Calendar of State Papers, Spain (Simancas), Volume 3, 1580-1586. Originally published by Her Majesty's Stationery Office, London, 1896.
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Paris Archives, K. 1447. 31.
71. The King to Bernardino De Mendoza.
We note from your letters that, partly owing to the coolness with which the Queen is treating you by refusing you audience as my Minister, and partly owing to your ill-health, you are desirous of leaving England. It has been considered whether it would be well to send you leave to do so at once, but as it has been decided that the withdrawal of my representative at that Court might cause the veil to be completely torn from the evil intentions of those people, and might drive them to closer union with the French, I am obliged to request and order you to stay there for the present, if you can do so without loss of dignity. As soon as you receive this you will demand audience in the usual way as my Minister, and let the Queen's advisers know that if she refuses so to receive you, it will be taken as a clear indication of their desire for you to leave the country, and you intend to do so. Only that it will befit them to consider whether it will serve their interests thus to arouse my just resentment. If they persist in refusing you audience as my Minister, you can leave as soon as you like, using for your journey the credits recently sent you, and instructing Antonio de Castillo to keep us informed as to what passes. It is, however, necessary to avoid this course if possible, and you will try to manage dexterously for the audience not to be denied you, in which case you will stay. You will represent to the Queen and her Ministers the danger they incur by irritating me and causing me to look to my own affairs by troubling theirs ; whereas if they do not provoke me further, they need have nothing to fear from my forces. In short, you will do your best not to snap the thread of negotiation, as you will do if you leave, and will plunge me into obligations which at present are best avoided. You will intimate to them all I say here, so that fear of my forces may somewhat bridle them from further offending me ; whilst at the same time they may not get desperate and lose hope of being forgiven for their past misdeeds, and thus be driven into new and pernicious leagues to the prejudice of Christianity and the public peace, and perhaps into plotting new evil in Flanders. You will manage with your usual dexterity to fulfil my intention in this very important matter. In order that you should not think that I am unmindful of your health and wishes, I request you in reply to this to report to me what passes in the matter of the audiences, and if all go well a successor shall be sent and you can return. Advise me in such case whether you think Antonio de Castillo would be a proper person to stay there in charge of affairs, since you report so highly of him. Keep all knowledge of your proposed departure secret until you hear further.—Portalegre, 6th March 1581.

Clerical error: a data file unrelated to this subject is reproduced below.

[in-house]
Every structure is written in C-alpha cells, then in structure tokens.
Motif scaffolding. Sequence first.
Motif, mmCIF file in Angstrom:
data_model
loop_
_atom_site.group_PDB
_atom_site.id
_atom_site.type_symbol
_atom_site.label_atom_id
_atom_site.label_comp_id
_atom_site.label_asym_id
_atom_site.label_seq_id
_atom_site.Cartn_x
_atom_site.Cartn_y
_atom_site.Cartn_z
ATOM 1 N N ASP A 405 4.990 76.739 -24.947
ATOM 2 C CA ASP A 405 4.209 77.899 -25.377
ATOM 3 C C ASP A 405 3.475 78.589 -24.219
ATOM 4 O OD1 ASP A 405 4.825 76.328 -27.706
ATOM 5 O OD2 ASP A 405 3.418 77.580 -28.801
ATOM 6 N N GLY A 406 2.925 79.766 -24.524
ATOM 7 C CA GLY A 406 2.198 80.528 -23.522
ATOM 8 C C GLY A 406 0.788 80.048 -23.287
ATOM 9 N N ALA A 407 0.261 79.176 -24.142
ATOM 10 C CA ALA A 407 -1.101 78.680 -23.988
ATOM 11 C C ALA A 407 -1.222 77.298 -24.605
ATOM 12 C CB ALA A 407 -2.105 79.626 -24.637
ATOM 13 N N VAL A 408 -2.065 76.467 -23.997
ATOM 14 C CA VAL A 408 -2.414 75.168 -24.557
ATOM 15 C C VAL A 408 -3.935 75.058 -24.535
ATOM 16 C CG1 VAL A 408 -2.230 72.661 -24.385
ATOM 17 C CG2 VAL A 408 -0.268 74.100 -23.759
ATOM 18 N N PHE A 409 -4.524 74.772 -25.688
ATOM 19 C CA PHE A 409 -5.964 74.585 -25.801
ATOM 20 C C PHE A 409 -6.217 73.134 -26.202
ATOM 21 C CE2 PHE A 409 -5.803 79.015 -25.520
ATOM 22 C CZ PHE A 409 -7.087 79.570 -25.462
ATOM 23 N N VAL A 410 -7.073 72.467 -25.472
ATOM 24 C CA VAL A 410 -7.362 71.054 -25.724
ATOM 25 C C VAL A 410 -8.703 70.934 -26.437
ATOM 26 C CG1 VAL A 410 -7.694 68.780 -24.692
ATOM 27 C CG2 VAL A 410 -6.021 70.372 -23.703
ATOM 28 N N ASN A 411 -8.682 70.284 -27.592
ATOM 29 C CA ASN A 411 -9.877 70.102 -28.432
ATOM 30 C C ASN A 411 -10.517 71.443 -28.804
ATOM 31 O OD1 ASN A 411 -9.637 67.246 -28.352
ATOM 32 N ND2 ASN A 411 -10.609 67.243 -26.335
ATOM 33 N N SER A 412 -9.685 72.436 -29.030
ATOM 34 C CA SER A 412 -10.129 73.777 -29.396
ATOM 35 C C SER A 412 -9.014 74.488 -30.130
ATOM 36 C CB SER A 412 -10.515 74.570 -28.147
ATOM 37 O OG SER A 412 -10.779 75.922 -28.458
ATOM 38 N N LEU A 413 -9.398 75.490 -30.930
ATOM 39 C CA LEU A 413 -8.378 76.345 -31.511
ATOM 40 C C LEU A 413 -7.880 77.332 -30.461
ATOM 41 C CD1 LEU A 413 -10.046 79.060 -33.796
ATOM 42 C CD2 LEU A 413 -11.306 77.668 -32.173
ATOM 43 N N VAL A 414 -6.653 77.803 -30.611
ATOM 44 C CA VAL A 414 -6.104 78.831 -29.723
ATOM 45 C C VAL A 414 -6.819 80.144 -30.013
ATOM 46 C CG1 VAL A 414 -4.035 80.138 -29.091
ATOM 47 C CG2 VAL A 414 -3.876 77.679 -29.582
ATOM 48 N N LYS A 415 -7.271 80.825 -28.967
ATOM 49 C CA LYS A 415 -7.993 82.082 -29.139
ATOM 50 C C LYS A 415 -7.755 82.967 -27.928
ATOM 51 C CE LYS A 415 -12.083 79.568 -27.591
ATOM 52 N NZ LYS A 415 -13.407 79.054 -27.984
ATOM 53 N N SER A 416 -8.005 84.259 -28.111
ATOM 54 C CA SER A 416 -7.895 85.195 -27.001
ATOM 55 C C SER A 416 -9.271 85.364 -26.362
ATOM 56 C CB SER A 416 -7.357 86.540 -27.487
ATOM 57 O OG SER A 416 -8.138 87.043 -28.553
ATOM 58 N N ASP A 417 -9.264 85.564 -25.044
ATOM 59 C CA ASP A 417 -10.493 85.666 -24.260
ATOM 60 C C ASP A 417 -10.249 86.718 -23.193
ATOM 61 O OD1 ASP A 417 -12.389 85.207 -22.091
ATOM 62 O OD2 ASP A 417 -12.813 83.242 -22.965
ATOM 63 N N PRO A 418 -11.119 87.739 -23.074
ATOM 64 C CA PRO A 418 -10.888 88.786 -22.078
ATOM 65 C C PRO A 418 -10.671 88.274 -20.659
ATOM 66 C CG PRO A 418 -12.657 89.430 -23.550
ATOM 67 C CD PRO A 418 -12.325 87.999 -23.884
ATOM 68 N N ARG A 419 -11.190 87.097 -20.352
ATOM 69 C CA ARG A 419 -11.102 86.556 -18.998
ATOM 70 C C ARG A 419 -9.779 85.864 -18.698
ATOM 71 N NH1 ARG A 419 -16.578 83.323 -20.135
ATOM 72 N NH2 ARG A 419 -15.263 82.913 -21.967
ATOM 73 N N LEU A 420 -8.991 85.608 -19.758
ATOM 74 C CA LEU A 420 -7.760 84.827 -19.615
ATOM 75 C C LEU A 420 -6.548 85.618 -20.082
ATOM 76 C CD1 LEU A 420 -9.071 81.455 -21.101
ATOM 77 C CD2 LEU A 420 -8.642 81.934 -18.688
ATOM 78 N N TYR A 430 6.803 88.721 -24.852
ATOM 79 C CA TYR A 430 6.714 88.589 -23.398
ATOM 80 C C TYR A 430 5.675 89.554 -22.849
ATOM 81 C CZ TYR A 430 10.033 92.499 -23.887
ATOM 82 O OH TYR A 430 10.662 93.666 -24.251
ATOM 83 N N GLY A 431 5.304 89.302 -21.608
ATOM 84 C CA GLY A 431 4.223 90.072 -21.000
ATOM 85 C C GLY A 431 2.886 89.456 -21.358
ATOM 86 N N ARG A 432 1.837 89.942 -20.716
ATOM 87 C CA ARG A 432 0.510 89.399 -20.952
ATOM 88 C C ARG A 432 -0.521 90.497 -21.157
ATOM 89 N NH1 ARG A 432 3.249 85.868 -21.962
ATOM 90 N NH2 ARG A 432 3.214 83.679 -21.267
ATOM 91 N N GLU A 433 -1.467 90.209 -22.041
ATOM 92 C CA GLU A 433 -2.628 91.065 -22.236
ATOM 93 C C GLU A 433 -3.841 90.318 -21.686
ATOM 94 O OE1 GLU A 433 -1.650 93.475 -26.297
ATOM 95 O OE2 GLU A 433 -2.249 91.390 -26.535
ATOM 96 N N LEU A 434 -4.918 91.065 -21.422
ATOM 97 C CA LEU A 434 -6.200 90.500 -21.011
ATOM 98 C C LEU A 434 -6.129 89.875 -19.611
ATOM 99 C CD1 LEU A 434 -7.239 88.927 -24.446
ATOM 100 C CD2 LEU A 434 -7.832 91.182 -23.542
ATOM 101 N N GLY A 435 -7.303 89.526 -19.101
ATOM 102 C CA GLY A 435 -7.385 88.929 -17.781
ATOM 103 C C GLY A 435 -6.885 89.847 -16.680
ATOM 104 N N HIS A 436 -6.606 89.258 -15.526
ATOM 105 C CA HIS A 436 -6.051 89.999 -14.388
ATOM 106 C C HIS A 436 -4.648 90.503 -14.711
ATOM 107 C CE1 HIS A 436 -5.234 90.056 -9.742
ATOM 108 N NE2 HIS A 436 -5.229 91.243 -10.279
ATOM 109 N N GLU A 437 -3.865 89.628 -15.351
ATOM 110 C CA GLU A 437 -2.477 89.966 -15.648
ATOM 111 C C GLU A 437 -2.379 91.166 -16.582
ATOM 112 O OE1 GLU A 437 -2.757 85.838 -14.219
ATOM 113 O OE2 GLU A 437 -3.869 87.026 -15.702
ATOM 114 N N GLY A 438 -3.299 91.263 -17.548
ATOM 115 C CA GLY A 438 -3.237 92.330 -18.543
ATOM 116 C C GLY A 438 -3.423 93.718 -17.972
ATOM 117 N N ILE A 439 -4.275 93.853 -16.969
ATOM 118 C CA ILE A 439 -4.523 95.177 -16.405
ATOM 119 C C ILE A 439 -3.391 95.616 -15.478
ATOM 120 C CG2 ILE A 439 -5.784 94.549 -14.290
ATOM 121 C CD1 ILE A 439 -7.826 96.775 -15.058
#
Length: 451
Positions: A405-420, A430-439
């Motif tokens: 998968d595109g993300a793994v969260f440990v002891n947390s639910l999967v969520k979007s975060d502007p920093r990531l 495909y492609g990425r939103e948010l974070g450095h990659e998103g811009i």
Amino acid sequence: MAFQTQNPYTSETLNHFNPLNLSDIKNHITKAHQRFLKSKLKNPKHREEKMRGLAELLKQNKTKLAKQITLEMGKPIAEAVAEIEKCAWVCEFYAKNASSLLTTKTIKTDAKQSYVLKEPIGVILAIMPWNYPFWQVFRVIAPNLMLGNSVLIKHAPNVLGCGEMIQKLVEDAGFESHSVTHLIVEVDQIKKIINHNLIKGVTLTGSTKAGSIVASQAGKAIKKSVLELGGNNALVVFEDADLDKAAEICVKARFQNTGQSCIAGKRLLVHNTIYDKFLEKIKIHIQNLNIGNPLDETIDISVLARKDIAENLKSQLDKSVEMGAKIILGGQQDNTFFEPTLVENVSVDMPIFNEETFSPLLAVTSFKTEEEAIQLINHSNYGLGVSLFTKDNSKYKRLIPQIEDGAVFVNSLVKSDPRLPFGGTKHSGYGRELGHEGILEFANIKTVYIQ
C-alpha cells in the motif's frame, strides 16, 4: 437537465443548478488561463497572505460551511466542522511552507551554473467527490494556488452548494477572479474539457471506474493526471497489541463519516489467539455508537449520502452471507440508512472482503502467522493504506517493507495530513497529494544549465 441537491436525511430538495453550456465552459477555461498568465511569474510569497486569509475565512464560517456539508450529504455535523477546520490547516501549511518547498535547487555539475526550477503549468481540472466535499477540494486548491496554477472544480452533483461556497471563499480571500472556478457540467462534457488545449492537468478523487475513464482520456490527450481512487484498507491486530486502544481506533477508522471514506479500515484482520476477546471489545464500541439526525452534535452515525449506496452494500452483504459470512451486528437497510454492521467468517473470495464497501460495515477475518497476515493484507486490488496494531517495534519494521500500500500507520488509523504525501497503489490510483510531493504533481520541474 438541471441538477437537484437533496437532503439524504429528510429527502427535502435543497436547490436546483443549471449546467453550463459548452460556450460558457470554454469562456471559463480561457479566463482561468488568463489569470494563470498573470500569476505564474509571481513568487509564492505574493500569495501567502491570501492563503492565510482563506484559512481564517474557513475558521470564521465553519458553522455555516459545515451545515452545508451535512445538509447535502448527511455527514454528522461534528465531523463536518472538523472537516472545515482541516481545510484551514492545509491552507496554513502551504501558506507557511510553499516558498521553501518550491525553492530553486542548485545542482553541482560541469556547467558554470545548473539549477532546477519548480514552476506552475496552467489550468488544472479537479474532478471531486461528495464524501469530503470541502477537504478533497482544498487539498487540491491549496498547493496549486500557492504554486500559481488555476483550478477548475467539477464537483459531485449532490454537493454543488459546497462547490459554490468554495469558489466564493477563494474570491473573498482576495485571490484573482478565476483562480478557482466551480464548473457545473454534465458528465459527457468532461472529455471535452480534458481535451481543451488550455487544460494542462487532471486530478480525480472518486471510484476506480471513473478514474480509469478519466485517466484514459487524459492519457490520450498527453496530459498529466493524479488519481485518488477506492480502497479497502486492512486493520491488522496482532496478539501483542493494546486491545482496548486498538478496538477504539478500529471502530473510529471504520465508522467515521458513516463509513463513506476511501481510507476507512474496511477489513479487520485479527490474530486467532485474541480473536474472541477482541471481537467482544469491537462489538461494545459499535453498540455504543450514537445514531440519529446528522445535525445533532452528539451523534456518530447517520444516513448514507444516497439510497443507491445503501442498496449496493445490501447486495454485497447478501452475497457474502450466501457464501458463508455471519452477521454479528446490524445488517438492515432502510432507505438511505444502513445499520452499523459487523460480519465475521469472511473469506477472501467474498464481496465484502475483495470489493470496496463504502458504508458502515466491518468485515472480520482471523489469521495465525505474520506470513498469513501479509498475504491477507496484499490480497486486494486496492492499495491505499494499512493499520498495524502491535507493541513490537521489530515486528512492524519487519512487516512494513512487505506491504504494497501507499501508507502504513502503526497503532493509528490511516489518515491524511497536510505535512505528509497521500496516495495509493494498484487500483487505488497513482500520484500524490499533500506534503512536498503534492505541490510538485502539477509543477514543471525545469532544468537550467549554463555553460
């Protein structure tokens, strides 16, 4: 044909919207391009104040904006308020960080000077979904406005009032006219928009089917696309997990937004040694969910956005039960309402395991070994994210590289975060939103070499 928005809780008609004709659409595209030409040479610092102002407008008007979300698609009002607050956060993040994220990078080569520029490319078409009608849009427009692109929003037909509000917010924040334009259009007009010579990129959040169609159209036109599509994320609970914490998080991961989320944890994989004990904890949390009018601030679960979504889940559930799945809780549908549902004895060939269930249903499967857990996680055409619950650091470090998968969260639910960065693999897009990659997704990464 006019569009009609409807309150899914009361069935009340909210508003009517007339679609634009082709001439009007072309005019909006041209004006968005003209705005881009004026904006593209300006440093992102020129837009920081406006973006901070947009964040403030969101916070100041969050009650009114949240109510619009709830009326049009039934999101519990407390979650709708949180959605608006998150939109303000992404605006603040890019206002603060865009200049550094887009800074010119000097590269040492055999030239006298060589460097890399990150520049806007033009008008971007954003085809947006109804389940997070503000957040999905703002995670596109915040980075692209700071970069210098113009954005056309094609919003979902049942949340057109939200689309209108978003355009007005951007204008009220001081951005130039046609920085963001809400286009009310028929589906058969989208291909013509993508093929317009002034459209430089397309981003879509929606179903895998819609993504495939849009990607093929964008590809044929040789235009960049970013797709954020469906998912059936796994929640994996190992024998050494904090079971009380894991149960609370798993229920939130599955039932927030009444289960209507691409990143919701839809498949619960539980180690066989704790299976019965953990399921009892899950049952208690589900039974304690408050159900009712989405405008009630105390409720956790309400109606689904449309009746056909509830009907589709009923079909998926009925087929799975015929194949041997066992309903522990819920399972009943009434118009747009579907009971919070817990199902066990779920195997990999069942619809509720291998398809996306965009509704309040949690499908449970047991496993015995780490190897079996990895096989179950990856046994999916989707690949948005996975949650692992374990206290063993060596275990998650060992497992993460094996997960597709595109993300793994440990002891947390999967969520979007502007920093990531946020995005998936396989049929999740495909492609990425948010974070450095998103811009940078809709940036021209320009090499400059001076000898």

Paris Archives, K. 1447. 32.
72. The King to Bernardino De Mendoza.
You gave a good answer to the two gentlemen who were sent by the Queen to tell you that Drake's robberies had not been committed on subjects of mine ; as you proved by the papers you showed them that the contrary was the case. You also did well in declining the private audience they offered you, as you were not to be received as my Minister. Your answer to the earl of Leicester, and the other Ministers who tried to tempt you in the matter of Drake's robberies, is likewise approved. You will conduct the business as you have begun, availing yourself of the public fear that a declaration of war may be the result of it, and that those who have no share in the plunder may unjustly suffer for those who have. When advisable you may make use of the instrumentality of Pedro de Zubiaur, whom you will support and aid in his attempt to recover the property of individuals. The whole matter is left entirely to your discretion.